Medium ruby color; cherry, strawberry, mocha, vanilla on the nose; blackberry, blueberry, plum, candied red fruit, oak, vanilla on the palate.
Dry, average acidity (3.68 pH) for red wine, supple tannin; very big in the mouth for pinot noir; intense flavors, round, smooth, jammy, plenty of oak sweetness and vanilla. Made with 60% grapes from Monterey County, 23% from Santa Barbara County, 17% Sonoma County; spent six months in 100% French oak.
Meiomi means “coast” in native Wappo and Yuki tribes, and Meiomi focuses all its production on fruits from the three costal areas used in this creation. Constellation Brands bought the brand from founder Joe Wagner for $315 million in 2015 (Wagner is the grandson and son of the owners and winemakers of Napa’s icon cab, Caymus). This is the second vintage under the new owners, but it builds on what Wagner started.
The rap on Meiomi is some of the fruit is second-level of quality to achieve its massive production numbers, also the winery only steers toward mass market tastes and sales—thus the jammy, big red fruit and fruitiness of this wine. Last vintage, I criticized Meiomi Pinot Noir as being an over-extracted, over-done, heavy California PN made for men who really want to be drinking a more expensive Napa cab. That said, there is a large audience for this style of wine, and that audience likely will love this effort. Constellation Brands did not become one of the largest wine and beer companies in the world by not knowing how to play to consumer tastes.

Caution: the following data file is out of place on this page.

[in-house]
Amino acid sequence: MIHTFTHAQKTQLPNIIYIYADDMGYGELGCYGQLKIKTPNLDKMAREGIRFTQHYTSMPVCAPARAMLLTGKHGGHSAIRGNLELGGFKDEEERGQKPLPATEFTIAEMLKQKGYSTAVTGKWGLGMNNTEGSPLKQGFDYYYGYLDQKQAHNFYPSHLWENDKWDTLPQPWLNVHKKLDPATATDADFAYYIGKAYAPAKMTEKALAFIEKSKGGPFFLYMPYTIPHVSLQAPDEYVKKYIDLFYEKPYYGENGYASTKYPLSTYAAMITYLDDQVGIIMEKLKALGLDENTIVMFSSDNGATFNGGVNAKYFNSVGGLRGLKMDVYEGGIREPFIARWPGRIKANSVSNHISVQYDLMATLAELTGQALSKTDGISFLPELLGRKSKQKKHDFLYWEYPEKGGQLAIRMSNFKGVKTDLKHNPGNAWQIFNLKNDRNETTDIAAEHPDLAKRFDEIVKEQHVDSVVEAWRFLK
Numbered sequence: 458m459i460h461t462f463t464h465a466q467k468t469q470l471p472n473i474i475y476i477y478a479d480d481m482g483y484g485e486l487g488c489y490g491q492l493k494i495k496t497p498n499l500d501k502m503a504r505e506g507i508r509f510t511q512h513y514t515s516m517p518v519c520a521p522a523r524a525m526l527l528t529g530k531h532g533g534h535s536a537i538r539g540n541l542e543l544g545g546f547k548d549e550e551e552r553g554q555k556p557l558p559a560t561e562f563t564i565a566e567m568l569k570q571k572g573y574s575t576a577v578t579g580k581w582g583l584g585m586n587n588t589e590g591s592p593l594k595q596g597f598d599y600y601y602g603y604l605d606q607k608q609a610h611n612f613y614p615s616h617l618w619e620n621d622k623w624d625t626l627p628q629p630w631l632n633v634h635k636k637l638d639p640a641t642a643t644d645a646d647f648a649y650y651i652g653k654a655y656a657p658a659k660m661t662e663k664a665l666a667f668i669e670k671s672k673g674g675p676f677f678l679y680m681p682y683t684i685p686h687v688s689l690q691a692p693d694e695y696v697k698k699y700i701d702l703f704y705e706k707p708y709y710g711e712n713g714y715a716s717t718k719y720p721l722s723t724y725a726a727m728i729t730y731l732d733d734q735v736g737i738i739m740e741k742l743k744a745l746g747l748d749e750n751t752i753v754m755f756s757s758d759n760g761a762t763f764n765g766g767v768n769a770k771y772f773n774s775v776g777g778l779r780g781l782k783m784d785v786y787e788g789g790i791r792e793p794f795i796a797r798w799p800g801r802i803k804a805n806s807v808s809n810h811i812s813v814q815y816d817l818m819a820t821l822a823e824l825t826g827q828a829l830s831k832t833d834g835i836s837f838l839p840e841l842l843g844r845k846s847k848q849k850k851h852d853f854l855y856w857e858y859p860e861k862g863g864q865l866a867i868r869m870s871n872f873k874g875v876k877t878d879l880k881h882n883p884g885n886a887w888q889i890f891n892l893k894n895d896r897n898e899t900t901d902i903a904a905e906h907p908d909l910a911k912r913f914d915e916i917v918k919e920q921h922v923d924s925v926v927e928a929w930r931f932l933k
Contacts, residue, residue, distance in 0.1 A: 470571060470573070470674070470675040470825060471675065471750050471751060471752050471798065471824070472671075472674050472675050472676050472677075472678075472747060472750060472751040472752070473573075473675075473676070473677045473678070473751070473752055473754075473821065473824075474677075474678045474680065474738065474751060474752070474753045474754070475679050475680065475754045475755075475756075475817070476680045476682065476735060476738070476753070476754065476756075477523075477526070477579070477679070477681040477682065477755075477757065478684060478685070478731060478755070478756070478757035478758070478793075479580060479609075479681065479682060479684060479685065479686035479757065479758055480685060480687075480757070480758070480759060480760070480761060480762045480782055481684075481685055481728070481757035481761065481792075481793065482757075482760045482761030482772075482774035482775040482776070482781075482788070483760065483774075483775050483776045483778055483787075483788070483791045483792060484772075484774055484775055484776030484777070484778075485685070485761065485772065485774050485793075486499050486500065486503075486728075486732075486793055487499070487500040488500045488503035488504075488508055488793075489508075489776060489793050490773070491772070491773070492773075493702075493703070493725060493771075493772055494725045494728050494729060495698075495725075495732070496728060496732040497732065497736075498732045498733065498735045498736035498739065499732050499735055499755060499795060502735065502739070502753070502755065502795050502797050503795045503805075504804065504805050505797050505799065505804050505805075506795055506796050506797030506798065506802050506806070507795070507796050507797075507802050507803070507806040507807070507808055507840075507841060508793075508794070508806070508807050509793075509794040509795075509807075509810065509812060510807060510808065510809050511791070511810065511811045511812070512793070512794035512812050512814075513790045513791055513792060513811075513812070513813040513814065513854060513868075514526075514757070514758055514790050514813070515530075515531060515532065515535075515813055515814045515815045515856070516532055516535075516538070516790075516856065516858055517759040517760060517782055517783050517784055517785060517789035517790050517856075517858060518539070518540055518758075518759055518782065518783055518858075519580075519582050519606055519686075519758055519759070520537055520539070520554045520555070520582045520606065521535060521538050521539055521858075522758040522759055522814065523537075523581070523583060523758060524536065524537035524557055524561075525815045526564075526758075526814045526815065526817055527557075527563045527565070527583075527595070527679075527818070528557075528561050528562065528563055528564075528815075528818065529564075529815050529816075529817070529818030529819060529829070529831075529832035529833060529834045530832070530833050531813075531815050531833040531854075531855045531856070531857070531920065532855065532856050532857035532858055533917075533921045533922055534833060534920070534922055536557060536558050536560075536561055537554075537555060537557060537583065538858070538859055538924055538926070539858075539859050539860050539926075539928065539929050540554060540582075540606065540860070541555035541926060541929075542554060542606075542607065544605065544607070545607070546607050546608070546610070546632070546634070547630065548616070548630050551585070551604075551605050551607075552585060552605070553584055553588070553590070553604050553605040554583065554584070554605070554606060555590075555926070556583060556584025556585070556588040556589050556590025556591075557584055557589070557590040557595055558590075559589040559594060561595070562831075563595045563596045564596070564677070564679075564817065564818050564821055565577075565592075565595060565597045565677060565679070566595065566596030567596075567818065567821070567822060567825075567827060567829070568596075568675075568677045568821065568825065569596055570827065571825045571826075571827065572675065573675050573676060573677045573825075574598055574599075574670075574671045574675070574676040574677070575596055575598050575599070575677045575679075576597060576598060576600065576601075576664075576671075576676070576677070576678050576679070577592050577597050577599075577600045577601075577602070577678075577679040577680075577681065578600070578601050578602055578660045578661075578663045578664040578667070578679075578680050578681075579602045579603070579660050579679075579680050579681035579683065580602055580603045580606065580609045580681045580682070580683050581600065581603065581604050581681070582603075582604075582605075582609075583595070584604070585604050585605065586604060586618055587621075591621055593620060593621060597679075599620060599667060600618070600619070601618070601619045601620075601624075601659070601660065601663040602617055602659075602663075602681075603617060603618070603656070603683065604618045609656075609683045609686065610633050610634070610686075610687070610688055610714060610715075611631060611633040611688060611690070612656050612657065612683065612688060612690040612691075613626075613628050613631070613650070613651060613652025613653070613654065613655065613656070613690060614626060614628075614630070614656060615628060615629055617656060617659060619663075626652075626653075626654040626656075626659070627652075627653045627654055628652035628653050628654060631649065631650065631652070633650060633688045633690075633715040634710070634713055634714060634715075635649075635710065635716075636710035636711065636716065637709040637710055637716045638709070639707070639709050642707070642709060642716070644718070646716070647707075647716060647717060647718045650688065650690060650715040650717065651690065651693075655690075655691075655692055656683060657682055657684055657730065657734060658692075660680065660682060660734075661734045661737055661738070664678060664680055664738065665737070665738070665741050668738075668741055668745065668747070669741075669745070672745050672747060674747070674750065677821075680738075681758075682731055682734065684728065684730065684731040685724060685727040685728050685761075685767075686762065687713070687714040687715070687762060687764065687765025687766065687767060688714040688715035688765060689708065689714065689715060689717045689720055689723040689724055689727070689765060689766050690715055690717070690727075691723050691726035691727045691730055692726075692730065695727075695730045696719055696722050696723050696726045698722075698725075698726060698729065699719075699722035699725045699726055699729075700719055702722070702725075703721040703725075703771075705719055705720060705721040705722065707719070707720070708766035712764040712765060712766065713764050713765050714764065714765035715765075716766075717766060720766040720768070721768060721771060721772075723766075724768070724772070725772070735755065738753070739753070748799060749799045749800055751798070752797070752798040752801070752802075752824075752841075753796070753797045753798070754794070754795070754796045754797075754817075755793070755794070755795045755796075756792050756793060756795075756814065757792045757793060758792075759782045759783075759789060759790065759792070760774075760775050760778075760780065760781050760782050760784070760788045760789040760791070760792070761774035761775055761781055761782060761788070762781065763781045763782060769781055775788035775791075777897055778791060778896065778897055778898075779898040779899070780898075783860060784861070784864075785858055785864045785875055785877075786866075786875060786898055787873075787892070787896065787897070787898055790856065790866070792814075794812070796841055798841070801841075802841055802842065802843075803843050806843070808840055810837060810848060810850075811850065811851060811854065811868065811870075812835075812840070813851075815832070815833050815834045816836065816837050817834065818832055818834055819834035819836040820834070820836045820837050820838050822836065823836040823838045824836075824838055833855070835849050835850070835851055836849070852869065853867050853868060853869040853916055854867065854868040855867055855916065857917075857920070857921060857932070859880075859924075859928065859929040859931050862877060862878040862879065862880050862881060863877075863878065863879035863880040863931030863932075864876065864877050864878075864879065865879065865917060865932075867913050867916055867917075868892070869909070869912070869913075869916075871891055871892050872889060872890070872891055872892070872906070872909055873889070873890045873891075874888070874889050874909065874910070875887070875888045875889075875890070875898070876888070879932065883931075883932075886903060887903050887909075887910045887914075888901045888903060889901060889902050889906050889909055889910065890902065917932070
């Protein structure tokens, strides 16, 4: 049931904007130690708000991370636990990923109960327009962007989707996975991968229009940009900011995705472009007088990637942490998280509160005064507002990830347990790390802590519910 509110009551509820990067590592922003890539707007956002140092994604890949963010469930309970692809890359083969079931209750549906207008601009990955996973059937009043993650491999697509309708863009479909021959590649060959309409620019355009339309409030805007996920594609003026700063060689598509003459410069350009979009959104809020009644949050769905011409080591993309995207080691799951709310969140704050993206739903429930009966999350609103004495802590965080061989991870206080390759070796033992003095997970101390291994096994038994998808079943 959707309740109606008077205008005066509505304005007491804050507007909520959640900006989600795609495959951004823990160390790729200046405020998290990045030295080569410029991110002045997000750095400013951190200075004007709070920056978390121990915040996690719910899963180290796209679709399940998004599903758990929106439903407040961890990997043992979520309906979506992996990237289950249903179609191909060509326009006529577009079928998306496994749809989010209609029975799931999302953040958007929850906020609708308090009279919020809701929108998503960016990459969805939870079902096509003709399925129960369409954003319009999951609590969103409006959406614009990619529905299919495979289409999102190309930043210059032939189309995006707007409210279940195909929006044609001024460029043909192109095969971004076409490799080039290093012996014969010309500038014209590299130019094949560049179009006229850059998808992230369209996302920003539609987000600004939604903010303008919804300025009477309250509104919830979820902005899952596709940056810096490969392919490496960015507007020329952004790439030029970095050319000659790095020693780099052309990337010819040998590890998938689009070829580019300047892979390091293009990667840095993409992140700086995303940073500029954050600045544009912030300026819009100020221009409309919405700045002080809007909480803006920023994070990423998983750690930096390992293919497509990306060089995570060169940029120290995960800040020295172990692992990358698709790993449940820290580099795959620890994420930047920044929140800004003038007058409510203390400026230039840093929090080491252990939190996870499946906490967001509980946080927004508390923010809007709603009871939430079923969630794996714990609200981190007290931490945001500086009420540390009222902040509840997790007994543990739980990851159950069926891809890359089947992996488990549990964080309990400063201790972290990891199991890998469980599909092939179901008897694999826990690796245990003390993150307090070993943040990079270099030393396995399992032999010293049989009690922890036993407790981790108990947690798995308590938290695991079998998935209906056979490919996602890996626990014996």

Melissa Stackhouse is the winemaker today; Wagner has gone on to found other labels. Stackhouse is a well-regarded UC-Davis grad who worked at La Crema, Jackson Family Wines, J Vineyards and Winery, and Clos du Bois. The Meiomi website asserts Stackhouse “creates wines of bold character and harmony—rich and ripe, with expressive depth and taste.” I could not argue with that.
Meiomi Pinot Noir 2016 is tasty example of a particular, muscular, fleshy, big-fruity style of California pinot noir. It enjoys a wide audience that obviously appreciates it—the winery produces something like 750,000 cases of this each year. This will pair well with pizza and tomato-based pasta dishes, pork, wild game meat such as venison (where the sweetness and non-assertive tannin will be a real plus), grilled lamb, and turkey. I think it is too big and too fruity for salmon, normally a classic pinot pairing, but I would not recoil from pairing with a thick blackened salmon steak. If this pleasures your palate, don’t hesitate to pull the trigger on a pour. $21-25